and Andy Anderson in the pro division, and Yuzuki Kawasaki, Ikkei Nagao, Dillanger Kane, Marcio Torres, Josh Dunstone and Cristobal Bahamonde in the ams. The lead kept switching, but nothing matters until Sunday, when the finals happen. On Sunday, the pressure was huge and all money was on Japan. With many solid runs in both divisions, the crowd was loving the show. The amateurs ended with Marcio Torres from Brazil taking first place, followed closely by 11-year-old Ikkei Nagao and 8-year-old Yuzuki Kawasaki from Japan. Ikkei tossed out the first-ever 720 big spin in competition in the finals – twice! – but Marcio’s solid skating was right on point with his amazing choreography, and the judges gave him the nod. Marcio comes from a background in breakdancing and has only been skateboarding for a few years, but you wouldn’t know it when you watch him live. He’s a must see.

Isamu Yamamoto - Japan

i a w a sa k Y u zu k i K y & Rodne M u lle n

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Right from day one it was obvious that the Japanese were present, with 14-year-old wonder boy Isamu Yamamoto as the guy to beat in Pro, and then kids like 8-year-old Yuzuki Kawasaki bringing the heat down on the competitors in Amateur. The thing about freestyle is that age doesn’t matter; Round-Up competitors ranged from 8 to 56 years old, or 66 if you include Russ Howell, who competed in the 360 spinoff. It’s amazing to see young kids who have learned from the masters of freestyle forcing those masters to step up their game and learn more in order to keep up. Skateboarding is forever, and these guys prove it every day.

In the pro division it was the race to catch Isamu. Not only was he landing perfectly on

everything, but he was doing it at triple speed. This kid is a machine! Guenter Mokulys from Germany came into the finals in 10th place, which is unusual for him, but he reminded the other competitors why he has won so many world championships over the years by laying down some solid routines to finish off in third place. U.S. skater Mike Osterman has won this event in the past and is always one of the toughest to beat, but with Isamu skating perfectly all weekend, Mike knew he had to do something extra-special this year. He put together a line like I’ve never imagined, sticking every trick the hardest way with pure style and skill, but it just wasn’t enough to take down Isamu Yamamoto. Isamu took first place for the first time. His new maneuvers and fast-forward style not only wowed the crowd and won the contest, they even got Isamu’s idol, Rodney Mullen, fired up and excited. Rodney was interviewed by Rolling Stone magazine about the World RoundUp and Isamu Yamamoto and had nothing but positive and encouraging things to say – including that watching Isamu in person reminded Rodney of himself as a kid. Could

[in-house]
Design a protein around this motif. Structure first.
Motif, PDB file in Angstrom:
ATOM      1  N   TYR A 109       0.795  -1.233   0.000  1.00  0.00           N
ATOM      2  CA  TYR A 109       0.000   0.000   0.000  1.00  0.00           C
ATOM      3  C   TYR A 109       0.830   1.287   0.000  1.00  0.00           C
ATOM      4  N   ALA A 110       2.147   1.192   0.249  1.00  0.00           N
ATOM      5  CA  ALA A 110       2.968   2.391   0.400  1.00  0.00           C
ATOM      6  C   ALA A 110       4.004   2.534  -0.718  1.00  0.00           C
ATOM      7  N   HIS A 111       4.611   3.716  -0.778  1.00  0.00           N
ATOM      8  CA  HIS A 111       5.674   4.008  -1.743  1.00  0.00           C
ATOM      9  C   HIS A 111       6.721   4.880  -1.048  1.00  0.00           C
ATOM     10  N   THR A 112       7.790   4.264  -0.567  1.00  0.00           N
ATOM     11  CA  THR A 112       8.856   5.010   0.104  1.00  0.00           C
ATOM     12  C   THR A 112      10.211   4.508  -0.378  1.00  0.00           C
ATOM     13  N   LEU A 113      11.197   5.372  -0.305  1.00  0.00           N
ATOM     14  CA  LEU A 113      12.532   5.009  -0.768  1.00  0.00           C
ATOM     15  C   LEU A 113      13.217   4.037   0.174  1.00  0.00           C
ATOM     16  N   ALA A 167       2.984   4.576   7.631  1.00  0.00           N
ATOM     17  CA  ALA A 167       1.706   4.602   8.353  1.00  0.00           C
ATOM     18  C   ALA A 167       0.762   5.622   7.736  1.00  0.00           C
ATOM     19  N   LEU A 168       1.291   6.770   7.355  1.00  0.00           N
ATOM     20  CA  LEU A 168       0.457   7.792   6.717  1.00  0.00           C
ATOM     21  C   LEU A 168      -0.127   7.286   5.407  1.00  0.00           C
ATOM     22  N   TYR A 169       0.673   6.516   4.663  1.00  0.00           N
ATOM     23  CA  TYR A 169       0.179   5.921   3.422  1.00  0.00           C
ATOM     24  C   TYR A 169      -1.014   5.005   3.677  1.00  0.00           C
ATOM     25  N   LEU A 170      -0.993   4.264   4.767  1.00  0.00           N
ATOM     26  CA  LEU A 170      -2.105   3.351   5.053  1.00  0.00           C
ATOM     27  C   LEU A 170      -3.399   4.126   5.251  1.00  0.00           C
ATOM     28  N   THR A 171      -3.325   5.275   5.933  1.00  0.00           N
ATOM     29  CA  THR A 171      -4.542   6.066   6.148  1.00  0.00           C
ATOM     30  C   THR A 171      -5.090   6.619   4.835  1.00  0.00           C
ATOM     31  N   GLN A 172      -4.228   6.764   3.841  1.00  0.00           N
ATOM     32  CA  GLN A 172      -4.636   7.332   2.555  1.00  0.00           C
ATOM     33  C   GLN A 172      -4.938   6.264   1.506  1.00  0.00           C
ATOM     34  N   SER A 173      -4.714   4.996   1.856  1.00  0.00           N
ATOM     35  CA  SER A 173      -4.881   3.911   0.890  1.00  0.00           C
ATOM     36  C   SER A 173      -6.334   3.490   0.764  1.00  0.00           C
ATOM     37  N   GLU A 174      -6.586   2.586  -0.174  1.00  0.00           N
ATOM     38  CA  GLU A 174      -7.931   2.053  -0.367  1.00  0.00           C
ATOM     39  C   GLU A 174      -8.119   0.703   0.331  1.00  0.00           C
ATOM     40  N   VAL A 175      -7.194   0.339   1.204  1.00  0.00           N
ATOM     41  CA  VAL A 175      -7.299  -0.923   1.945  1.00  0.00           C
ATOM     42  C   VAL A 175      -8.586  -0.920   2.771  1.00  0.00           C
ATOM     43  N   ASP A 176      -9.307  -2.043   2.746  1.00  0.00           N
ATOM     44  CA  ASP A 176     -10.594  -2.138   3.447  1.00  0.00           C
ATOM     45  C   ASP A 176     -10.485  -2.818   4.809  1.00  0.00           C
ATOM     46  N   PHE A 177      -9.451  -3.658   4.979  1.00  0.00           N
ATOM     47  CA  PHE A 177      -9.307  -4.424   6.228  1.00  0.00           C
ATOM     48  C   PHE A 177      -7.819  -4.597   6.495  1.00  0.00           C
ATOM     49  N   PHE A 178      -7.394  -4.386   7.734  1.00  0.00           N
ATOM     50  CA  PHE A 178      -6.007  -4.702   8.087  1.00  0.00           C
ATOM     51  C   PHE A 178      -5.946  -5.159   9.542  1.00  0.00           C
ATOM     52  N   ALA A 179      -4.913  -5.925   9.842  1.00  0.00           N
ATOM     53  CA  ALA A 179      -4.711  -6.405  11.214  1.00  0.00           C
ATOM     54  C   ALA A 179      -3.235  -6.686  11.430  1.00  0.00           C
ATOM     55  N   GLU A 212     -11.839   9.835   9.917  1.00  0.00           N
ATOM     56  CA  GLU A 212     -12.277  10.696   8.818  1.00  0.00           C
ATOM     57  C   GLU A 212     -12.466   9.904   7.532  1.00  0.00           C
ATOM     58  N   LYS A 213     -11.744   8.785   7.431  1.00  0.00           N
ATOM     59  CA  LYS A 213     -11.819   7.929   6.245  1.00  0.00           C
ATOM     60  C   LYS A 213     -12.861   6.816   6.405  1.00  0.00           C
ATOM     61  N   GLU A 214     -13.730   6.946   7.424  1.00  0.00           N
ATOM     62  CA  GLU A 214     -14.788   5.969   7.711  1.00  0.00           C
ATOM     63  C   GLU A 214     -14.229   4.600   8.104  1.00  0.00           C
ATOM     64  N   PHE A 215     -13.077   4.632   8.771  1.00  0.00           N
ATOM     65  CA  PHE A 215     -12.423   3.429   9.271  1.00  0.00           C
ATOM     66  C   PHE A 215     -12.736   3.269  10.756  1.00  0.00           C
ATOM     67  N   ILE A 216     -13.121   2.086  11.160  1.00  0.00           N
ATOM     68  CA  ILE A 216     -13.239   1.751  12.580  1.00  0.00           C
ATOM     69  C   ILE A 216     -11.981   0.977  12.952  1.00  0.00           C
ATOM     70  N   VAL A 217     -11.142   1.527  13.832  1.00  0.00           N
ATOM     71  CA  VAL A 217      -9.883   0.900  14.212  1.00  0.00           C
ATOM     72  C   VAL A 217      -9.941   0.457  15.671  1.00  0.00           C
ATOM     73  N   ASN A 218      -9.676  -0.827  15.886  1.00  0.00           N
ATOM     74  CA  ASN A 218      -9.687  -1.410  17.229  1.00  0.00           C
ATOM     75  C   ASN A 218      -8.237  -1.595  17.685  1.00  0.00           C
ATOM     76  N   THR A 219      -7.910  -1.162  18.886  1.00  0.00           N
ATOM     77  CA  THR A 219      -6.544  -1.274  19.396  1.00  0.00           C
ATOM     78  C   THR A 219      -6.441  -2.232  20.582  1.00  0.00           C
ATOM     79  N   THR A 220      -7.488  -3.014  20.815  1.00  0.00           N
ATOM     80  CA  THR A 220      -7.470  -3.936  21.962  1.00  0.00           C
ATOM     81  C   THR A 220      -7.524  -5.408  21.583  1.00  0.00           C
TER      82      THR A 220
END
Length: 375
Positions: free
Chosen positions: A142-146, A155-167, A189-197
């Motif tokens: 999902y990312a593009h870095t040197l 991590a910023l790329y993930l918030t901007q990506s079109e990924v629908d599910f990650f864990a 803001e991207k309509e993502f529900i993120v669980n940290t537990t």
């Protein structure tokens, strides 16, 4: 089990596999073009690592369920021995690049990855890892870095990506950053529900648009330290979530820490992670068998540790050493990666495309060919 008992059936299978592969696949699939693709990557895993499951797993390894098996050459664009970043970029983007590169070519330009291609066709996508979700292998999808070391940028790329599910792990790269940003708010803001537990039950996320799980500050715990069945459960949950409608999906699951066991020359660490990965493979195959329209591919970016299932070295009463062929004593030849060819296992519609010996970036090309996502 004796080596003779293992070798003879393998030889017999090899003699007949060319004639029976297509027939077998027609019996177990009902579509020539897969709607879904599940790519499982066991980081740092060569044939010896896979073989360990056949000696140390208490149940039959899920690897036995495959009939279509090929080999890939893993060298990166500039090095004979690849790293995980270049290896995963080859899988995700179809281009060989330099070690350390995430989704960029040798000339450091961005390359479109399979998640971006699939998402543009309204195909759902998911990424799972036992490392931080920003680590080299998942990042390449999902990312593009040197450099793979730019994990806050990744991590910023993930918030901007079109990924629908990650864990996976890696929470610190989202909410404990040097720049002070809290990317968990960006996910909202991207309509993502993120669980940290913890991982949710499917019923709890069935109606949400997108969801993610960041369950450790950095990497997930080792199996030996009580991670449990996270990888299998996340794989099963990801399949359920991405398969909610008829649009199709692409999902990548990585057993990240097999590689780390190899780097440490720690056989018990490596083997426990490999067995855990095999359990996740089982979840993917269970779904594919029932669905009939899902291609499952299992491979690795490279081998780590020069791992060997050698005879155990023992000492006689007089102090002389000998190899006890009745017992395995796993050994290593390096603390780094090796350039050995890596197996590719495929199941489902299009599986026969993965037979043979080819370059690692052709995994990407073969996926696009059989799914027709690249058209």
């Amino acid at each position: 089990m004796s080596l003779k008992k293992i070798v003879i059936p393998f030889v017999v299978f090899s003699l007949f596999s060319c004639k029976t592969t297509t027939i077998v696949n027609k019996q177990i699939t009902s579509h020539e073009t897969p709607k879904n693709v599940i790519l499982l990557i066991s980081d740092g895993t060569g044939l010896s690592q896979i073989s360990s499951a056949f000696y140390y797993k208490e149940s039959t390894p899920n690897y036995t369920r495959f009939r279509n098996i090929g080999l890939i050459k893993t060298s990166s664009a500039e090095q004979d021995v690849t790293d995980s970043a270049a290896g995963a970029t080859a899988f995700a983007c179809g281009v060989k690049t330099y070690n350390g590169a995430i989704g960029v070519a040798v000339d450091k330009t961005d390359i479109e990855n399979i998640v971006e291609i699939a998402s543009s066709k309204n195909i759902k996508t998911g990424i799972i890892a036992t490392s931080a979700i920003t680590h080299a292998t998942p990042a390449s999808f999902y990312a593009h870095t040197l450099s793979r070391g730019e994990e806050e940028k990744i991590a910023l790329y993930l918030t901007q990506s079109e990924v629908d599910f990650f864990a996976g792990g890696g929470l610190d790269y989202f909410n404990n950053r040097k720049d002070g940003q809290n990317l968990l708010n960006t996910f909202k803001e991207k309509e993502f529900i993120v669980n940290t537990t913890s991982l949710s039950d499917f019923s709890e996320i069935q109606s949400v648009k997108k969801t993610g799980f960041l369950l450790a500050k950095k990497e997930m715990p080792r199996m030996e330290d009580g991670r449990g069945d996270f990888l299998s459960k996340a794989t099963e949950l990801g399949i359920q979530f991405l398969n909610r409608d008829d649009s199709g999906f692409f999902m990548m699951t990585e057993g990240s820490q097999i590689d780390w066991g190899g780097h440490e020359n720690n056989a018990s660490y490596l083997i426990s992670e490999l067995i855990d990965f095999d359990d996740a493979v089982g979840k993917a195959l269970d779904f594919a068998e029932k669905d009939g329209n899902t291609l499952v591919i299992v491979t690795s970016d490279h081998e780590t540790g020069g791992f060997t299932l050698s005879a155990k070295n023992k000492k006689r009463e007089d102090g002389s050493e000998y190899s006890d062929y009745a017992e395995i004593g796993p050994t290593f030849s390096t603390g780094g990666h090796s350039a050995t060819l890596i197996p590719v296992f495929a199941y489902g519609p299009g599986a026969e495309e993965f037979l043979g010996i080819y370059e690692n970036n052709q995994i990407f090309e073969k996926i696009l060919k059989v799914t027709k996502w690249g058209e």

Mike Osterman - USA

we have another Rodney Mullen on our hands? The future is bright. The World Round-Up freestyle skateboard championship is unique. It’s not all about being the best and winning the competition, it’s more about hanging out with your friends and showing off the joys of skateboarding for multiple different crowds over one long weekend. It’s about putting on the best demo you can and giving memories to kids and their parents that will last forever, and hopefully encouraging some of them to try skateboarding too. It’s about watching competitors’ battles with themselves, and seeing their excitement when they accomplish their goals. And it’s about planning for the next year. Who will show up? Who will be watching? Who might be the one to take down Isamu Yamamoto? Come to next year’s World Round-Up on May 18–21, 2018 and find out!

Prize Money Winners

Competitors bounced around in the standings over the first two days of the event. Among the riders to watch were Isamu Yamamoto, Mike Osterman, Guenter Mokulys, Satoshi Kanagawa, Pete Betti Tony Gale - England

Riley Allen - Canada

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Premium Skateboard Hardware

Vol 16 No 2  

Our fall issue

Vol 16 No 2  

Our fall issue